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The origin story of Kathy Butterly’s endlessly inventive sculptural practice—whether she is telling it herself, or it is being written by others—typically begins with her formative influences. As an undergraduate painting student, she was introduced to the huge ceramic figures and athletically immersive process of Viola Frey, an encounter that first revealed to her clay’s expressive capacity. The narrative moves forward from there, through graduate study under the irreverent Robert Arneson and assimilation of the delicious formal deviancies of George Ohr, Ken Price, and Ron Nagle. Further back, though, there’s another old key that I learned of through a podcast interview shortly before seeing Yellow Haze, a ravishing selection of Butterly’s recent work at Shoshana Wayne Gallery: if she weren’t working in clay, the artist briefly thought she might become a designer of shoes, or maybe toys. This tidbit of personal history teases out even more resonance from her intimately-scaled works, dense as they are with allusions to the body. Their sunken mouths now also assume for me the tender, bereft quality of empty shoes whose walls gently collapse around the memory of a held form. If Butterly’s motley beauties spur limitless reads, it’s the result of each of them being, for her, a vehicle for uninhibited, improvisational, rule-averse play.
The 13 sculptures in the exhibition range from six to 13 inches high. Some riff on the shape of a delicate handled pot while others extrapolate from a clunkier, closed form—a cross between a crumpled urn and a human head. All abound in time-released, idiosyncratic surprises of gesture, texture, and color: they buckle, sag, and tilt; high gloss gives way to dry crust; primaries, pastels, and near-neons consort with lush abandon. The pieces perform as synecdochal self-portraits, externalized reckonings with internal states and conditions.
Butterly squeezes every drop from clay’s association with supple skin and the vessel’s analogous relationship to the human form. Her works are exquisitely tweaked anatomies that emit a pulse. Trying to Keep My Shit Together (While the World is Burning) (all works 2020) manifests a valiant but futile aspiration toward order. The deflated sphere sits atop a small rectangular block like a trophy on its pedestal, its skinny handles turned into useless, drooping loops. Both the soft, globular form and its base are glazed in primaries gone slightly amok, soupy gold offset by geometric stripes of dark blue. Strands of tiny beads around the top and down the sides hint at decorum, while the mouth of the piece, pinched to a narrow slit, affords a glimpse of raw, private vulnerability within—pink inner walls slick as wet gums, or labial folds.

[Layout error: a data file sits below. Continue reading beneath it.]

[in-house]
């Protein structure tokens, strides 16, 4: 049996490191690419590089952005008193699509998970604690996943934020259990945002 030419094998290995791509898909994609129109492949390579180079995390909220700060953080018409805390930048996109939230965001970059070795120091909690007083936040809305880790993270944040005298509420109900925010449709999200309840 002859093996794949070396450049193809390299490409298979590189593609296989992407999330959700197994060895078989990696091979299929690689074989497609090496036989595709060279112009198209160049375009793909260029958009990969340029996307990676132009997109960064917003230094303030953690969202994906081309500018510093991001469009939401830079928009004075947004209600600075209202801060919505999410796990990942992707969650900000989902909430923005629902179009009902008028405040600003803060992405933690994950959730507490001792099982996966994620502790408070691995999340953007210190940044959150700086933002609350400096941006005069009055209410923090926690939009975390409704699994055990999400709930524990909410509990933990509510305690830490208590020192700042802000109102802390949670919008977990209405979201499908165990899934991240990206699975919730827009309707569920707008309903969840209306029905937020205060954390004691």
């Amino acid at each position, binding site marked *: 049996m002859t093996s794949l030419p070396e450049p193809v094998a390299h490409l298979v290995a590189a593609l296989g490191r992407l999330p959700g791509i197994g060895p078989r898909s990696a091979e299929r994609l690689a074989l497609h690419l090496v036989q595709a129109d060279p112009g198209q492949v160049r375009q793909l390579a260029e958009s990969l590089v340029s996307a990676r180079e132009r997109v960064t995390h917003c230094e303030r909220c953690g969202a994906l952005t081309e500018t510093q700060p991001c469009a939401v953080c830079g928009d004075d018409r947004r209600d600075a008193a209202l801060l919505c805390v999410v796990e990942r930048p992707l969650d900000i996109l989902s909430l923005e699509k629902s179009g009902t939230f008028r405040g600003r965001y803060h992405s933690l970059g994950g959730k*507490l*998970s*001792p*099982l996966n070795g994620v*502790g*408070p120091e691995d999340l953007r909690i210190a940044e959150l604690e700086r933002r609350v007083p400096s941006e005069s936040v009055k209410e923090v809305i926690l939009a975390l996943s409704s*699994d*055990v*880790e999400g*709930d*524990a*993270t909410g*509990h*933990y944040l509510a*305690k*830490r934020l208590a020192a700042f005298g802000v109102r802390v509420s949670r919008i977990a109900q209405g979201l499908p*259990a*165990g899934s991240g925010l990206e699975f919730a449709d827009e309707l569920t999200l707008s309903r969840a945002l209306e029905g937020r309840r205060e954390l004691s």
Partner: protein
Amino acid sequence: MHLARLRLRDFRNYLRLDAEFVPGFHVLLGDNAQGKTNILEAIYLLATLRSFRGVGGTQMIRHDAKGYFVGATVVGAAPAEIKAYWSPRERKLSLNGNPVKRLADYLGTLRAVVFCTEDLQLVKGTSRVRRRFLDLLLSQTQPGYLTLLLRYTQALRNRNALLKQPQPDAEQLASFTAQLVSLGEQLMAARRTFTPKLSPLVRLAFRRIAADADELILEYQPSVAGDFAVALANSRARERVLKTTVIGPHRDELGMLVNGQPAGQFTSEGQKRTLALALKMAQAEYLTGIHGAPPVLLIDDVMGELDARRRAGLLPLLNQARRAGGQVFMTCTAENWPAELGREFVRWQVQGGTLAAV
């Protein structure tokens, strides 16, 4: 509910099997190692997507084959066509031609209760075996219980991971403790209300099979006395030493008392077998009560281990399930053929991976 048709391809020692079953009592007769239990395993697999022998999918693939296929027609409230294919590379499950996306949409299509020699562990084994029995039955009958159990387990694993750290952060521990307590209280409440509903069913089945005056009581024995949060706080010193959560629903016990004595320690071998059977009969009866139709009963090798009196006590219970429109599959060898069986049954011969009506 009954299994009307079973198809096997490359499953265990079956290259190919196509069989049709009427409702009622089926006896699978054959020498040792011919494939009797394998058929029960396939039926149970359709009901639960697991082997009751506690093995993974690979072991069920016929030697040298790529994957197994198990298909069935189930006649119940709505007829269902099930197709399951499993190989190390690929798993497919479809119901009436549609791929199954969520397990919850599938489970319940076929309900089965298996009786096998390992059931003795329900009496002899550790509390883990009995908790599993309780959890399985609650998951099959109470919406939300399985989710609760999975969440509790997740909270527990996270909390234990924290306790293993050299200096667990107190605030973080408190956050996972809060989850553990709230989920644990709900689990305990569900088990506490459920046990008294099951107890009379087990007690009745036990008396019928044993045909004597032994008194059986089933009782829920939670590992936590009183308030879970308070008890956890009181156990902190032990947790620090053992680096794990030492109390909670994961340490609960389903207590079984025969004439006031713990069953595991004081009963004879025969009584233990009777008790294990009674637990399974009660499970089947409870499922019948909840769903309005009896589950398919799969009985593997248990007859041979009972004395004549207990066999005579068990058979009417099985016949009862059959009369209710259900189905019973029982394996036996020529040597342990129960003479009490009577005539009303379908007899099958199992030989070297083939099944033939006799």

Butterly refers to conventionally feminine modes of embellishing and camouflaging the body through her use of ornamental frills, straps, belts, and decorative fastenings. Vibrant, seductive glazes, like makeup, dial up or down attention to each work’s given features. Similarly, she applies nail polish to a few of the sculptures and uses it as viscous paint in an ongoing series of works on paper, nine of which are included here. For each spunky piece, Butterly has taken a page from a recent catalog of her own work and augmented the reproduction with a semi-controlled spill of streaked and marbled color. In #19, for instance, the hourglass base of her 1991 Juggler now resembles a cake stand, supporting a cylindrical heap, thickly iced in cherry, licorice, and lemon. The inexhaustibility of Butterly’s work announces itself anew in these works on paper, which extend the lifespan of each sculpture: ceramic object becomes photograph becomes painting surface. Butterly never stops messing with what might be considered “finished,” in both the temporal and presentational sense. Her playthings never get old.
Kathy Butterly: Yellow Haze runs from January 22–April 3, 2021 at Shoshana Wayne Gallery (4835 W. Jefferson Blvd., Los Angeles, 90016).